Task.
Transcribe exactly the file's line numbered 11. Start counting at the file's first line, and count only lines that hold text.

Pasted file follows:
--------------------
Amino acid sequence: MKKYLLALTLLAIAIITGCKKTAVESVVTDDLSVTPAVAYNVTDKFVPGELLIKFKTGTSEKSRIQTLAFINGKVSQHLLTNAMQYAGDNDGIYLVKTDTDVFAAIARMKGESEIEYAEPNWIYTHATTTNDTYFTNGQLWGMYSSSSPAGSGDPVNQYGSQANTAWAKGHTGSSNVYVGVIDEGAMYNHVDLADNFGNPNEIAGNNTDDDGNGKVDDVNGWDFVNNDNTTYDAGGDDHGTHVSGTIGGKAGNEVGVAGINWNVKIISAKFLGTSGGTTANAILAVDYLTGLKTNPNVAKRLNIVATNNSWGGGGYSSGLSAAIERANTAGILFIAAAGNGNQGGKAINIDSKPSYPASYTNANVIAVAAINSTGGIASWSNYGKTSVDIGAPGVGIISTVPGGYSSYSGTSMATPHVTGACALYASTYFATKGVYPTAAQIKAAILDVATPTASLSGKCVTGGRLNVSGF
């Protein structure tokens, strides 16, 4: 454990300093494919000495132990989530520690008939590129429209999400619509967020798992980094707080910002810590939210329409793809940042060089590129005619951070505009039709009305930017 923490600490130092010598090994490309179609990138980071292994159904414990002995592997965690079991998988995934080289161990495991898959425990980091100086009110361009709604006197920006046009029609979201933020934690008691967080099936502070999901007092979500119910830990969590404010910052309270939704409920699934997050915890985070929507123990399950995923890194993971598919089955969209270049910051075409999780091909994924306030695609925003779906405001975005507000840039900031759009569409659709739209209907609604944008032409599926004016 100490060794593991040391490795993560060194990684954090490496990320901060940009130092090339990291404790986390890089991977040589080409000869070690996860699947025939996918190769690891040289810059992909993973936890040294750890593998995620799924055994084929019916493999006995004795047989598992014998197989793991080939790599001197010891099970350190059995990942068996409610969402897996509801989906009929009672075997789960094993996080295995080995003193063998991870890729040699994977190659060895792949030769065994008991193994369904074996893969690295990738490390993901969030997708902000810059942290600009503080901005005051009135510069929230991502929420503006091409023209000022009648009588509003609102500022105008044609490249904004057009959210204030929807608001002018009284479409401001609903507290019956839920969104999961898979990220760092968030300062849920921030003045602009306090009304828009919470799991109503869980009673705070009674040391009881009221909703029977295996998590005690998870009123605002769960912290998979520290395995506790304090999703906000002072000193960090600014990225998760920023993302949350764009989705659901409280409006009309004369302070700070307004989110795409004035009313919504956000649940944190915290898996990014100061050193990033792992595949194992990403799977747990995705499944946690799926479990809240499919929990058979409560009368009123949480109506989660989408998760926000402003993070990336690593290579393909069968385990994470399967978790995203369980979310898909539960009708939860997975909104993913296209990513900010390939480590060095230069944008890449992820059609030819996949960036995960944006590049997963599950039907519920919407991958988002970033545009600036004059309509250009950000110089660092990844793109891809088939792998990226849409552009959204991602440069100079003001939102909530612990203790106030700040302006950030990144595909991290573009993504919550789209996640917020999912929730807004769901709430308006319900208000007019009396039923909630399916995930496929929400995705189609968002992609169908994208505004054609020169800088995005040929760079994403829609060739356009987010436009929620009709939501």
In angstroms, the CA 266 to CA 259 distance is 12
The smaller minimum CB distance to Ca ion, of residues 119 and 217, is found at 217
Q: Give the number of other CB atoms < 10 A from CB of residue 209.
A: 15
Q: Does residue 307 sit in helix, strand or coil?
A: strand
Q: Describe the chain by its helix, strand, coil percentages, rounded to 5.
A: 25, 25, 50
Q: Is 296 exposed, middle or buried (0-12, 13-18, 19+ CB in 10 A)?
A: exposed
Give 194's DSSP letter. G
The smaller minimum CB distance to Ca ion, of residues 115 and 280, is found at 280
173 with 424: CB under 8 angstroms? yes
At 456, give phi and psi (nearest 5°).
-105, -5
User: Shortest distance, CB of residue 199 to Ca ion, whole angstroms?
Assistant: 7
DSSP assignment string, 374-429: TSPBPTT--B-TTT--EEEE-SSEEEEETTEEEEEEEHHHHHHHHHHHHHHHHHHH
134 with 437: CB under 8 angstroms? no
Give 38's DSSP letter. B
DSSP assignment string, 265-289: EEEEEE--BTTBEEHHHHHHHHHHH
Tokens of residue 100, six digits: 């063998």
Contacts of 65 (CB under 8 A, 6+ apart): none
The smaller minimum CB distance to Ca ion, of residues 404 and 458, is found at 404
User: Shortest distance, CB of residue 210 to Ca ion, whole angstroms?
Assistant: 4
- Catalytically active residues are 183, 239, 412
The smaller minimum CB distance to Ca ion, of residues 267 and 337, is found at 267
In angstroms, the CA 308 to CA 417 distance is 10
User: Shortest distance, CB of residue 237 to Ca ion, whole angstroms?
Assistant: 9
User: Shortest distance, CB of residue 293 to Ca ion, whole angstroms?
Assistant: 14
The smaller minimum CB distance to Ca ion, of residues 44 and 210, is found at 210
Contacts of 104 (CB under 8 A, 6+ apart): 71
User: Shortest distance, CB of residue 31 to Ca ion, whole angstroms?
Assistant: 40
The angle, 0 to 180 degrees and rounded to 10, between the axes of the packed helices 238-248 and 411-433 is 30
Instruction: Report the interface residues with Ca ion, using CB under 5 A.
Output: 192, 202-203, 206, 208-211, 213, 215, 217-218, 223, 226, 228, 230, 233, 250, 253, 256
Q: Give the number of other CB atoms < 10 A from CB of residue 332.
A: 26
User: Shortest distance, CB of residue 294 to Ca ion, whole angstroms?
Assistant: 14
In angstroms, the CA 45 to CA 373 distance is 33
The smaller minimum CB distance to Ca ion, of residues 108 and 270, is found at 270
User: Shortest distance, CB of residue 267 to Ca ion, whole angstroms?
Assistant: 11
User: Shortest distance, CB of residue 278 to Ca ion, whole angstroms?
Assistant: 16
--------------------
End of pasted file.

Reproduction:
Q: Is 296 exposed, middle or buried (0-12, 13-18, 19+ CB in 10 A)?